Tokyo is a city of dichotomies, lying somewhere between complete chaos and perfect harmony. While fashions and technology evolve at a frantic pace, deep-rooted traditions remain constant. It’s as easy to get caught up in the latest frenzy as it is to lose yourself in the city’s old-world charm.

Old versus new

A group of us from Okinawa set off to experience Tokyo for a few days before our legendary Mt. Fuji trek. None of us had seen anything more than the interior of the international airport in Tokyo before our trip. My expectations for the trip were restrained since we only had two and a half days to explore and had to coordinate traveling with five other people. All I knew beforehand was that I wanted to experience the earthquake simulator and ninja restaurant I read about online.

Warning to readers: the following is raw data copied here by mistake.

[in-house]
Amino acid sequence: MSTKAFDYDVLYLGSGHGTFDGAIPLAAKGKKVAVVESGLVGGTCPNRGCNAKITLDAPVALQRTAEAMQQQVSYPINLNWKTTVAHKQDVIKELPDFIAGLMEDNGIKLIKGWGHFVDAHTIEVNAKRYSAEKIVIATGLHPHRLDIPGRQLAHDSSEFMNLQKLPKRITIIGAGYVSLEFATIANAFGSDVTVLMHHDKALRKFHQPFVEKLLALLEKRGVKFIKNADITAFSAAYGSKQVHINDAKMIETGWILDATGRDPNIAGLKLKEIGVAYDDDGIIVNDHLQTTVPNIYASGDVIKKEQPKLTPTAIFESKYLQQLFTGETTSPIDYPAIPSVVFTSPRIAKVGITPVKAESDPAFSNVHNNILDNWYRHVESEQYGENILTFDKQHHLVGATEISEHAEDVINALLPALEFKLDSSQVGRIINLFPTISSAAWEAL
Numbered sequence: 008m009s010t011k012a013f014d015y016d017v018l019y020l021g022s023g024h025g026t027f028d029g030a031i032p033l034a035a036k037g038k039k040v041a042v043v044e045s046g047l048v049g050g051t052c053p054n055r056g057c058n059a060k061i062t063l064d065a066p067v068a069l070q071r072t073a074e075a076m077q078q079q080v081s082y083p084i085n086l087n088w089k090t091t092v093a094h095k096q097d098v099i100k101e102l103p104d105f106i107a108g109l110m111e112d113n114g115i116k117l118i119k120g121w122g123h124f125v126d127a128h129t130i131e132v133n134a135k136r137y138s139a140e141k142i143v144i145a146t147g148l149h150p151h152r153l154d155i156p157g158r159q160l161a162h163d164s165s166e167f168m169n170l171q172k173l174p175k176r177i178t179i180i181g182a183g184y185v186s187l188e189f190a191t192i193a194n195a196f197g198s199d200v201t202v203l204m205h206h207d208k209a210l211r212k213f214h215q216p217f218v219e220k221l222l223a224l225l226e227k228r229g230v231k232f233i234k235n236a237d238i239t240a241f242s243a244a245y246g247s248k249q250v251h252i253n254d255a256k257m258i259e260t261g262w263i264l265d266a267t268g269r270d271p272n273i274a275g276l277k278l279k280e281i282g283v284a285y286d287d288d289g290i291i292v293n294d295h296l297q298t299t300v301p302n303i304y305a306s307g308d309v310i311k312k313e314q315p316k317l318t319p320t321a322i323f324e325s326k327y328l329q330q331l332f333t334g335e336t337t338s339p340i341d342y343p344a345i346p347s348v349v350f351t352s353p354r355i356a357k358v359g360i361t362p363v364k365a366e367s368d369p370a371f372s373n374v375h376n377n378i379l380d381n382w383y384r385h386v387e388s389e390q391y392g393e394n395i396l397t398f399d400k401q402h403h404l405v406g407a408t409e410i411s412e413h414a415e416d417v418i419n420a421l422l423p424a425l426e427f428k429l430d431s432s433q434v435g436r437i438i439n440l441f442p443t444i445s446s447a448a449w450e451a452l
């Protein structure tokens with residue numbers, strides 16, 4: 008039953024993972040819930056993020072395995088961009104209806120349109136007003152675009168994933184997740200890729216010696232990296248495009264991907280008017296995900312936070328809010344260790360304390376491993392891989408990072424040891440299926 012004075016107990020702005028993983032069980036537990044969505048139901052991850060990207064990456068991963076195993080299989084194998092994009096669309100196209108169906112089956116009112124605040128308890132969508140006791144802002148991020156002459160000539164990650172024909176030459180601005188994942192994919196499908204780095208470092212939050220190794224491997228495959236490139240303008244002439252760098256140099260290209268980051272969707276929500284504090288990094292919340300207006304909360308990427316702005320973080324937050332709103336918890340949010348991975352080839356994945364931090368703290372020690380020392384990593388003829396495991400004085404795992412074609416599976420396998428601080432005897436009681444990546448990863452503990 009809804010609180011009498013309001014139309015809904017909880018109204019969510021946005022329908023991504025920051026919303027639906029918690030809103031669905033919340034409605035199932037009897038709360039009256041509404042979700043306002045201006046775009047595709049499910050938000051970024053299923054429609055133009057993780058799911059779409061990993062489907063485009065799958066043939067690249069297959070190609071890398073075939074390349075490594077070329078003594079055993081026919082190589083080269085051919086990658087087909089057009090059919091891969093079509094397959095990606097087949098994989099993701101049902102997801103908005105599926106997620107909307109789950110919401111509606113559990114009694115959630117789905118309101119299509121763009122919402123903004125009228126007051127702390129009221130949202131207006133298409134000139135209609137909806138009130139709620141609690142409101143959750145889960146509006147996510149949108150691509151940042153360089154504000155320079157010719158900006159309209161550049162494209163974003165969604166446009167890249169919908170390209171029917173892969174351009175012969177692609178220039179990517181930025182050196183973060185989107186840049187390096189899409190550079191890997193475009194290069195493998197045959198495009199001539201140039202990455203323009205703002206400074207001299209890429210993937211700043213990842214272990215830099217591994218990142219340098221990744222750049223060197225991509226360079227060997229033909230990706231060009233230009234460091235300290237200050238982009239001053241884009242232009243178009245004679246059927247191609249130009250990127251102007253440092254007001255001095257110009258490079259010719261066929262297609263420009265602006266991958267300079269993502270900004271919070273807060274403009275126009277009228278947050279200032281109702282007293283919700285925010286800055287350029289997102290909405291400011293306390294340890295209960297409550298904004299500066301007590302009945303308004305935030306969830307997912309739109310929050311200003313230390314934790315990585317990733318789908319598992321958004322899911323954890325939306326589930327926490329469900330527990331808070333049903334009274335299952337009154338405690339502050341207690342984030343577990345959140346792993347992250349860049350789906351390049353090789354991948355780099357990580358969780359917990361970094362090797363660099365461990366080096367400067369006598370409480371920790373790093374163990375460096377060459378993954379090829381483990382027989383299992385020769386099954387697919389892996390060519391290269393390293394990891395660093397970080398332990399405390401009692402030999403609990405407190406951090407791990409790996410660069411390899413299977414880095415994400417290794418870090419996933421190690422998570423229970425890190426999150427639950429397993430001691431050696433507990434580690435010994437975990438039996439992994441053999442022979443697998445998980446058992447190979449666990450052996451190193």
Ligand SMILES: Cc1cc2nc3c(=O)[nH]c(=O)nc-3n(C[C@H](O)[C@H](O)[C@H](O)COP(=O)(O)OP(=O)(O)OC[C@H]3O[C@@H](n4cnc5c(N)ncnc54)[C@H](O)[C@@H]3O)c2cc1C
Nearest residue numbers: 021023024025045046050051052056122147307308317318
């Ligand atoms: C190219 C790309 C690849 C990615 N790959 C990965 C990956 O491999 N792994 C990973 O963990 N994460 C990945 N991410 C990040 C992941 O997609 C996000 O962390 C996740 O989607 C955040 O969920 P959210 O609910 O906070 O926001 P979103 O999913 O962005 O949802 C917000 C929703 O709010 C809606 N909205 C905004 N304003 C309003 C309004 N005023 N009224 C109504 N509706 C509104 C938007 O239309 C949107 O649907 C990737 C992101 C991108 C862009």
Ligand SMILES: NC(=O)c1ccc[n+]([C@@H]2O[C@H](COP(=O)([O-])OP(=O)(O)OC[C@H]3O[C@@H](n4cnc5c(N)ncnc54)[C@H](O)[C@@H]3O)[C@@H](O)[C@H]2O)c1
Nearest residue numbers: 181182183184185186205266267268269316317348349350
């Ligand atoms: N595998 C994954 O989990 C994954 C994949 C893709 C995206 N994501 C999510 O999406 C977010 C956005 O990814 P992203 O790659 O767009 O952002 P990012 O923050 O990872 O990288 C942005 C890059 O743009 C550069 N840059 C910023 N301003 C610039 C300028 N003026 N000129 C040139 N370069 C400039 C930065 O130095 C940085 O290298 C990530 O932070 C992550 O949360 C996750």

The trip began most auspiciously as I saw our airplane pull up to the gate in Okinawa. It was a Pokémon plan. I decided that was definitely a good omen.

After touching down in Tokyo in our custom 747, we navigated Tokyo’s public transportation to our hotel. Almost secondary to my excitement over the Pokémon plane was our hotel. As government employees, we can stay at a lovely U.S. government-run hotel in the heart of Tokyo complete with fortress-like walls and guards at the entrance (as if you needed this in safest country in the world). It was almost like coming home to America with English-speaking staff and American prices at the bar!

Busy Tokyo metro

Group effort navagating Tokyo metro
(Photo by Jillian Frazier)